Laughter and tears: fitting remedies for Christmas

A TRAIN was very late out of Charing Cross the other night. Laconically, the guard apologised: the delay was caused by a fatality on the line, he explained, adding, with weary cynicism, "silly season, I'm afraid". Such lurches of emotion - from exasperation, to horror, to bathos - are very Christmassy. Strenuous efforts to reproduce the peace and goodwill promised by the Bethlehem angels are not always rewarded: joy usually creeps in unannounced, and rare is the household that does not Laugh a Little, Cry a Little (WS).

As the sun rises bright and warm on a garden in India, members of the Laughing Club International meet to practise. Laughter, explains their founder earnestly, is excellent therapy for bronchitis and asthma, exercising the lungs and reducing blood pressure. At first they told jokes to get started, but that became risky with ladies present, so now they solemnly ho-ho-ho themselves into guffawing jollity, like so many novice Father Christmases. Laughter is a weapon no sadist can disarm, no amnesty confiscate. Its closeness to grief is proverbial; by some mysterious alchemy, tragedy can readily provoke either, and both spill over into tears - which distinguish us from animals and offer us a vital waterway back towards serenity.

Lydia Syson's thoughtful, intelligent programme was the most sophisticated of many attempts to define and celebrate happiness this Christmas. John Bird sadly failed to conjure up the elusive, exotic wraith of Peter Cook in Cook's Tour (R4) on Boxing Day. One of the people he asked for help with the programme had advised him that the only possible way to do it was to make it all clips, but he tried valiantly to do more than that. The clips, however, were what you wanted to hear, and Bird himself admitted that discussions of comic procedure tend to be depressing. Still, Willie Rushton did offer a nice thought, that John Major's voice is directly descended from E L Wisty. It's true, isn't it?

More successful was Roy Hudd's Extremely Amusing History of the Comic Song (R2), which really lived up to its title. Hudd is an amazing man, immensely knowledgeable but blessed with a deft lightness of touch that allows him to inform painlessly. His own rendition of a Purcell song was brilliantly funny - but the whole hour was highlights. I particularly liked Marie Lloyd's lovely refained voice belting out "Every Little Movement Has a Story of Its Own" with outrageous innuendo, and it was very pleasing to know that her real name was the same as her illustrious successor in the genre, Victoria Wood.

Also living up to its title was an appalling offering from R1. Midnight Massacre was a horrible thing, both offensive and emotional in its blatantly lurid attempt to appeal to yoof by means of heavy-rock music intercut with quasi-spiritual experiences. If the Worldwide Message Tribe are really "Britain's hippest Christian band", as the Radio Times declares, then God help Britain.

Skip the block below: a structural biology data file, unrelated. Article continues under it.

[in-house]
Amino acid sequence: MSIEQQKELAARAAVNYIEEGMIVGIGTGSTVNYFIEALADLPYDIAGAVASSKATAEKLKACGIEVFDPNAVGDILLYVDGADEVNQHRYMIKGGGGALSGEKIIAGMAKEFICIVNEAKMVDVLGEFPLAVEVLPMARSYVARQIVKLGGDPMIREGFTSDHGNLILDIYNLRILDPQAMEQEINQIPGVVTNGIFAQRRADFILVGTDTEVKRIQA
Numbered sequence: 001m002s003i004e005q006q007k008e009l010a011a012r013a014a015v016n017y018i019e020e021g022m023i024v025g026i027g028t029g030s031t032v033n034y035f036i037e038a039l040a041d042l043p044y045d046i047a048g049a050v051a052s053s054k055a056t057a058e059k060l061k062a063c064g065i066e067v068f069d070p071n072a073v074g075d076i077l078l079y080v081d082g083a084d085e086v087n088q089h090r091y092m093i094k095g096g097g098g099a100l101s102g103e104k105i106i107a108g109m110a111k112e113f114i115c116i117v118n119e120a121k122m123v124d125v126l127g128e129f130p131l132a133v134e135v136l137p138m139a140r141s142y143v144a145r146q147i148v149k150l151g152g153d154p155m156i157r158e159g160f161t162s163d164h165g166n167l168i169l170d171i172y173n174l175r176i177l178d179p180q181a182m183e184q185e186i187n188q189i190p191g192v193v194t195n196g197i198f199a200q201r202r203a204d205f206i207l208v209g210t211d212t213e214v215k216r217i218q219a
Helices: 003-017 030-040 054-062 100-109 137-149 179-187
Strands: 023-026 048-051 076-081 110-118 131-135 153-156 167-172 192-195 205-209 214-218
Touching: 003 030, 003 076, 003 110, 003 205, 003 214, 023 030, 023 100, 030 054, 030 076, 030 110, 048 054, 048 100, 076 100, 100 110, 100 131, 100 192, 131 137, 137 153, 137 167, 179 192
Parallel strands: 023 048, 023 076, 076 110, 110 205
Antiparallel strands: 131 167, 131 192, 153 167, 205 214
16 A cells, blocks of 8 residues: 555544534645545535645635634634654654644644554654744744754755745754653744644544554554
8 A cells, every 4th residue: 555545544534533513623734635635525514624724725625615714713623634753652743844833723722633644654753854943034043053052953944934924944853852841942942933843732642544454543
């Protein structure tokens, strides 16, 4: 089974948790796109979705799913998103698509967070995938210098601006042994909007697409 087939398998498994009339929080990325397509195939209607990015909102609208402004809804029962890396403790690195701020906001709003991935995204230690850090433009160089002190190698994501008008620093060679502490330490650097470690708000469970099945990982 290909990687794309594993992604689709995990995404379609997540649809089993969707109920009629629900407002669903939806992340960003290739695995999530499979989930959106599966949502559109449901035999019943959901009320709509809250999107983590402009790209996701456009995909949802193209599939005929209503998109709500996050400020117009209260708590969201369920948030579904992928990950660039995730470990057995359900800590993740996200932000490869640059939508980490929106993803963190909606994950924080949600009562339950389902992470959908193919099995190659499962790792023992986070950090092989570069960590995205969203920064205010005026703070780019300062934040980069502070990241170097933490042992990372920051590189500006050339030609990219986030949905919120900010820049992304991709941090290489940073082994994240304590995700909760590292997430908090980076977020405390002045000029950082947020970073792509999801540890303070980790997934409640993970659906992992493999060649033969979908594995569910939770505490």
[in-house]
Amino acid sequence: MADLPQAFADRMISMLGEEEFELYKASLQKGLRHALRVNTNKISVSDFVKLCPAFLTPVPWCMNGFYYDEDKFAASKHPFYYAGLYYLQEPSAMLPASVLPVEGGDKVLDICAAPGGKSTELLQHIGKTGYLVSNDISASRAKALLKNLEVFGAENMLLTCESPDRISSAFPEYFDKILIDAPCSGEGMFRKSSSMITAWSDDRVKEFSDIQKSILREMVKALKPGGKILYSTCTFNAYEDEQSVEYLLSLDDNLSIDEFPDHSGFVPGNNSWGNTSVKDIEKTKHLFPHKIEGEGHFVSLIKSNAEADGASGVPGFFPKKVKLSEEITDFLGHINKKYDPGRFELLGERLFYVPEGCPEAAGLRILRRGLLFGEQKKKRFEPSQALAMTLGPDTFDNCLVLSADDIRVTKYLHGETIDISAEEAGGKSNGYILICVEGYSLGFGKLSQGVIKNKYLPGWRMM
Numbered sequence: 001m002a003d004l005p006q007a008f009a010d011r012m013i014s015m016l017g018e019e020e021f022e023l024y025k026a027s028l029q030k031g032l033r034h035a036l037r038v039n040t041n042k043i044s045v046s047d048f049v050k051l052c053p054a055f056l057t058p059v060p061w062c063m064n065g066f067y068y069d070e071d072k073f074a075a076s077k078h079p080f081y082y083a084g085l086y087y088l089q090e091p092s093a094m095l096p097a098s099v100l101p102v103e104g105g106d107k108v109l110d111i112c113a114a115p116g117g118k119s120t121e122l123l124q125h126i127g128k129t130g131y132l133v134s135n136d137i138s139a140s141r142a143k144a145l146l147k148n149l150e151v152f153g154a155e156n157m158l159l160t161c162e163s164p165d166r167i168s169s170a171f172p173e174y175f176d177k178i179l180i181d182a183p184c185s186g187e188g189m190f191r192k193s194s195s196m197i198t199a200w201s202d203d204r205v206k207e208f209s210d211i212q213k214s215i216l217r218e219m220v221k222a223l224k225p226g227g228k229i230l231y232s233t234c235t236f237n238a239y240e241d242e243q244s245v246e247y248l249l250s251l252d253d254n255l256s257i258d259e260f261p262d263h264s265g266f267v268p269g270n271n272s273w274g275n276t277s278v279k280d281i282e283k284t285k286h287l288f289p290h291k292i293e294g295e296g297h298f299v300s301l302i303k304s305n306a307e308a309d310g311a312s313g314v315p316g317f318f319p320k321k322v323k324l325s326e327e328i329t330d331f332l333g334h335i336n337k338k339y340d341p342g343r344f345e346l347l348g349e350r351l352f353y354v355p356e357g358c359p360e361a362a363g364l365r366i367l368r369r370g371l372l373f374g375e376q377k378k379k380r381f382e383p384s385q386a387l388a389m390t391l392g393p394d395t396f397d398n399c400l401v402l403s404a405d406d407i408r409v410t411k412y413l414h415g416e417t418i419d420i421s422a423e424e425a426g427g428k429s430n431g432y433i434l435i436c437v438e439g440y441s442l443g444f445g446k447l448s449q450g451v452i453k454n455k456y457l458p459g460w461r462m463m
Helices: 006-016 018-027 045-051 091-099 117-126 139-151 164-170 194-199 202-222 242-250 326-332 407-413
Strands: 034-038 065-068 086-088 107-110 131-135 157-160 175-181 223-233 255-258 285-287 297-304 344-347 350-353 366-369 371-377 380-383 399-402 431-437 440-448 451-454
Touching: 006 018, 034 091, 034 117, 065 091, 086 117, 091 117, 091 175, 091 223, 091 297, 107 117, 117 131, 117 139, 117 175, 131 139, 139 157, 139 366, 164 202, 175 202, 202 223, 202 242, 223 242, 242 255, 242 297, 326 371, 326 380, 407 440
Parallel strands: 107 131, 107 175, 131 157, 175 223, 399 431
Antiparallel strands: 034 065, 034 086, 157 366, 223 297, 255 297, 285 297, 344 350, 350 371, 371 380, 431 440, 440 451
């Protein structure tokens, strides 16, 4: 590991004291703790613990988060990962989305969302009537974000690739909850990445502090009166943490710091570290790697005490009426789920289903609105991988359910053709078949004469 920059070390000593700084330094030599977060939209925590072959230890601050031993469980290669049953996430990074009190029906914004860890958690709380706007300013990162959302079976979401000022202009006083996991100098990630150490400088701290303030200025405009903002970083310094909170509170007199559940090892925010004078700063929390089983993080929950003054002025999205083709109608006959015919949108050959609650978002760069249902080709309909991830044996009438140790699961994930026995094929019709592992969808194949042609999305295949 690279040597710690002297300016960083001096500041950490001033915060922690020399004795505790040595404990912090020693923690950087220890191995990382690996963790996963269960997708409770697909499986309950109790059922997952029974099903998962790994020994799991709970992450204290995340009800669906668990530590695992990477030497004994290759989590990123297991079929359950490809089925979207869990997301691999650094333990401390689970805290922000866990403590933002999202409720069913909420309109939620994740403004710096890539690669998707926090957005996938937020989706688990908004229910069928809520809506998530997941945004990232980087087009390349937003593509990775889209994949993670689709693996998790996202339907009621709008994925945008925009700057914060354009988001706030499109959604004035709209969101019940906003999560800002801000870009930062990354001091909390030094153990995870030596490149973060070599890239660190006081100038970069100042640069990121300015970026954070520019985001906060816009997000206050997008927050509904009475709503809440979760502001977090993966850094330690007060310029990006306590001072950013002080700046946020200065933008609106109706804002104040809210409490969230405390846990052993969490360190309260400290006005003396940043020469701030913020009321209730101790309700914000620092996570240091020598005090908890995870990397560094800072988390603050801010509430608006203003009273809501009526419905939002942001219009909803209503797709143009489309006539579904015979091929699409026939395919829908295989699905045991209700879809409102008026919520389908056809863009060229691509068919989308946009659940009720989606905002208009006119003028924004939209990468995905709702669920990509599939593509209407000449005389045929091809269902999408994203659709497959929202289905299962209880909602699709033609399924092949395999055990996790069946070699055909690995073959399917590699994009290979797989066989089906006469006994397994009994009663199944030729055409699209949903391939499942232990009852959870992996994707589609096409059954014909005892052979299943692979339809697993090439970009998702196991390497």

Now just a mention of Emma Freud's enjoyable study of urban myths in A Friend of a Friend (R4). These modern folk tales are gloriously preposterous affairs, given credence by the fact that they happened to your brother- in-law's next-door neighbour's best friend's auntie. Some are familiar, but one I hadn't heard before was about a dog taken to a vet, choking. The vet keeps it in for observation/surgery, but the owner's phone is ringing as she returns home. "Call the police at once," says the vet and, sure enough, a burglar is hiding, locked up in the bathroom, nursing his hand - which is lacking three fingers. Aaargh.

Finally, back to the search for happiness and Nick Baker's jokey effort. Don't Worry, Be Happy (R4), he suggested, asking a team of "experts" to concoct a recipe for happiness. As they toiled away producing the kind of vital ingredients that we amateurs could readily suggest, namely health, wealth, love and job satisfaction, he went to extremes. The imprisoned Terry Waite was happy when a chance to look out of a window offered him a glimpse of a woman carrying bright flowers; Elvis, labouring on the "hedonic treadmill", was ultimately incapable of joy, despite having access to the most disgustingly vast sandwiches I have ever been asked to imagine.

And then along came Professor Eysenck. Oh yes, he's the one they always ask. He pretended to have brought along something new. He prevaricated a bit, wrapped it up in different paper, hid it behind his back, but in the end, de-spite more years of earnest research, he produced the same answer he always gives. Toss away your Prozac and your video, leave the post-Jungian monks contemplating the pretty patterns on their carpets in Kentish Town, and get out there and do the one thing the Professor guarantees will make you happy. On with your kilt, pump up your bagpipes and start on the Scottish dancing: after all, it is Hogmanay.